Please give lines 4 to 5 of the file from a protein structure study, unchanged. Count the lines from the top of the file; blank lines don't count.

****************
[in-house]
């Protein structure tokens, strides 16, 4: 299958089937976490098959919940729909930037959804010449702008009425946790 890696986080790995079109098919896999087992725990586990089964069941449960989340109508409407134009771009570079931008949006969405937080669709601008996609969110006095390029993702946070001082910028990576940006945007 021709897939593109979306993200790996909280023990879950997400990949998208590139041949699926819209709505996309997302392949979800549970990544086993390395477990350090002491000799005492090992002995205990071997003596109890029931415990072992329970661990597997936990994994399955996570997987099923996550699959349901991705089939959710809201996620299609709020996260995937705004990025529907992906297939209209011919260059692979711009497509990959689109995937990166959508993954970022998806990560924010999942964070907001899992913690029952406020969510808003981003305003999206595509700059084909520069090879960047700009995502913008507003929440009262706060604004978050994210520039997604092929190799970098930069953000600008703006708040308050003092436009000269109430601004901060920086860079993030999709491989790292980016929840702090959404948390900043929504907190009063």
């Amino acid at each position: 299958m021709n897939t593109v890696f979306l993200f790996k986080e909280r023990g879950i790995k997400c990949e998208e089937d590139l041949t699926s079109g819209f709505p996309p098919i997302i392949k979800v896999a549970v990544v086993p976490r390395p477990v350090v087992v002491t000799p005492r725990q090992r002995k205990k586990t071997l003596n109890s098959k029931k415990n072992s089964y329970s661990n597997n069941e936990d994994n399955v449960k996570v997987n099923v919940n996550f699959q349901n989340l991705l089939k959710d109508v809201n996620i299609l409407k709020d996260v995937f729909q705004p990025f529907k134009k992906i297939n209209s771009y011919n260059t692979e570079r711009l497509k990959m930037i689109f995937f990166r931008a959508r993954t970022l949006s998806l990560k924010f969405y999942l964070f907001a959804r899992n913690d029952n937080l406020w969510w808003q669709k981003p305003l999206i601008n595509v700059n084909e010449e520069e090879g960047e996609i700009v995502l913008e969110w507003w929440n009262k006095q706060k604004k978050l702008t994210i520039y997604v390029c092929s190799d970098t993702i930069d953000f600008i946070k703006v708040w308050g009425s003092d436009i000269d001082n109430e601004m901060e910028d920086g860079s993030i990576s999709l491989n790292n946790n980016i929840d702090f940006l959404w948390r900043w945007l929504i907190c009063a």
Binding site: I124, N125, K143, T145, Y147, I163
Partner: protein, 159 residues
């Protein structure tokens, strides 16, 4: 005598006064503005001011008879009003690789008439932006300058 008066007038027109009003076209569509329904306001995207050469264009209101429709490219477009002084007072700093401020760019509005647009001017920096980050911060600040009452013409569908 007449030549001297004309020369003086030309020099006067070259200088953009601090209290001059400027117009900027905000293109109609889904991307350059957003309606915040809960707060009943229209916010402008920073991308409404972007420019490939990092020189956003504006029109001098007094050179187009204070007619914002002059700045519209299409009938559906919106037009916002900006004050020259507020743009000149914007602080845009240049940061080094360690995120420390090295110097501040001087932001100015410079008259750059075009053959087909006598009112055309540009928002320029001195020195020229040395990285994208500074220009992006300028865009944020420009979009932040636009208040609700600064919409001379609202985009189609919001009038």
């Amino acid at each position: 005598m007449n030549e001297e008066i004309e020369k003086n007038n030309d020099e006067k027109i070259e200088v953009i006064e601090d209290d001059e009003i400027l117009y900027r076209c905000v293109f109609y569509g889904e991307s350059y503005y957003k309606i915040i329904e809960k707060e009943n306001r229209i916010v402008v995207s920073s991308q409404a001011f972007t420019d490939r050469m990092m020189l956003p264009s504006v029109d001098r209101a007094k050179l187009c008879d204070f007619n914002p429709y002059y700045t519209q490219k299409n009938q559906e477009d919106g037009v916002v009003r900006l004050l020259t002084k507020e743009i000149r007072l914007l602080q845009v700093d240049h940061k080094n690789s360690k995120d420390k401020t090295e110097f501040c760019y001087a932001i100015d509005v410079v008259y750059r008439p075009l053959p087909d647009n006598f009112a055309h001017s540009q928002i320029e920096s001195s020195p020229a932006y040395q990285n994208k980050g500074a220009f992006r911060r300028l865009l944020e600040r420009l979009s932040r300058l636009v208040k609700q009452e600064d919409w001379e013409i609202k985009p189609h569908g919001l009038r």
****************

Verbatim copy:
Binding site: I124, N125, K143, T145, Y147, I163
Partner: protein, 159 residues